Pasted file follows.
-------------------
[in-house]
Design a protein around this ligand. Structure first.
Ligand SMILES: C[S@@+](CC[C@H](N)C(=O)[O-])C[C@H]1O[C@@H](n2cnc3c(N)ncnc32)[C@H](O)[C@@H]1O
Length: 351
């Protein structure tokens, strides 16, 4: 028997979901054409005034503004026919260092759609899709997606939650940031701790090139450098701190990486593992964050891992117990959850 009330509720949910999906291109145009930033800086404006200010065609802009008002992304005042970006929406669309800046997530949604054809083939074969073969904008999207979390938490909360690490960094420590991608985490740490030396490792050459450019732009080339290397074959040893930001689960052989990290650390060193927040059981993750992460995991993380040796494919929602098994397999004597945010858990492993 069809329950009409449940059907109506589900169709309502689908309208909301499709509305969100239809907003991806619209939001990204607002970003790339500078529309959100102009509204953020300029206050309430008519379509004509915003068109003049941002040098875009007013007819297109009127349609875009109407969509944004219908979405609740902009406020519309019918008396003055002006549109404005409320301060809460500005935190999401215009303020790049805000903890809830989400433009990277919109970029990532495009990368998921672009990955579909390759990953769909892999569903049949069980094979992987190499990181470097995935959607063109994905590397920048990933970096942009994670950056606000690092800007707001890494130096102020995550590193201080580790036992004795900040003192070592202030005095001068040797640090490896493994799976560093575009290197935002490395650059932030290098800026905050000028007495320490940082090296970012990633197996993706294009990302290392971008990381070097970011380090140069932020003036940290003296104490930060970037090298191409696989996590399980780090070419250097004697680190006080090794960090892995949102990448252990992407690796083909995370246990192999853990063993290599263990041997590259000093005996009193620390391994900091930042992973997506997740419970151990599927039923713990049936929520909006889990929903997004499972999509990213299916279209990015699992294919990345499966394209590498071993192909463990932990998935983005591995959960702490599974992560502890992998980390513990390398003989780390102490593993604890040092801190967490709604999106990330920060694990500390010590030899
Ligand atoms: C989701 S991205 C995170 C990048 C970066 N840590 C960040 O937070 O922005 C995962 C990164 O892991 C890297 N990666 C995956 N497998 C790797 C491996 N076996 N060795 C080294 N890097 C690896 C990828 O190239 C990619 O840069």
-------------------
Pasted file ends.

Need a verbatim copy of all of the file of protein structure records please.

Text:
[in-house]
Design a protein around this ligand. Structure first.
Ligand SMILES: C[S@@+](CC[C@H](N)C(=O)[O-])C[C@H]1O[C@@H](n2cnc3c(N)ncnc32)[C@H](O)[C@@H]1O
Length: 351
């Protein structure tokens, strides 16, 4: 028997979901054409005034503004026919260092759609899709997606939650940031701790090139450098701190990486593992964050891992117990959850 009330509720949910999906291109145009930033800086404006200010065609802009008002992304005042970006929406669309800046997530949604054809083939074969073969904008999207979390938490909360690490960094420590991608985490740490030396490792050459450019732009080339290397074959040893930001689960052989990290650390060193927040059981993750992460995991993380040796494919929602098994397999004597945010858990492993 069809329950009409449940059907109506589900169709309502689908309208909301499709509305969100239809907003991806619209939001990204607002970003790339500078529309959100102009509204953020300029206050309430008519379509004509915003068109003049941002040098875009007013007819297109009127349609875009109407969509944004219908979405609740902009406020519309019918008396003055002006549109404005409320301060809460500005935190999401215009303020790049805000903890809830989400433009990277919109970029990532495009990368998921672009990955579909390759990953769909892999569903049949069980094979992987190499990181470097995935959607063109994905590397920048990933970096942009994670950056606000690092800007707001890494130096102020995550590193201080580790036992004795900040003192070592202030005095001068040797640090490896493994799976560093575009290197935002490395650059932030290098800026905050000028007495320490940082090296970012990633197996993706294009990302290392971008990381070097970011380090140069932020003036940290003296104490930060970037090298191409696989996590399980780090070419250097004697680190006080090794960090892995949102990448252990992407690796083909995370246990192999853990063993290599263990041997590259000093005996009193620390391994900091930042992973997506997740419970151990599927039923713990049936929520909006889990929903997004499972999509990213299916279209990015699992294919990345499966394209590498071993192909463990932990998935983005591995959960702490599974992560502890992998980390513990390398003989780390102490593993604890040092801190967490709604999106990330920060694990500390010590030899
Ligand atoms: C989701 S991205 C995170 C990048 C970066 N840590 C960040 O937070 O922005 C995962 C990164 O892991 C890297 N990666 C995956 N497998 C790797 C491996 N076996 N060795 C080294 N890097 C690896 C990828 O190239 C990619 O840069």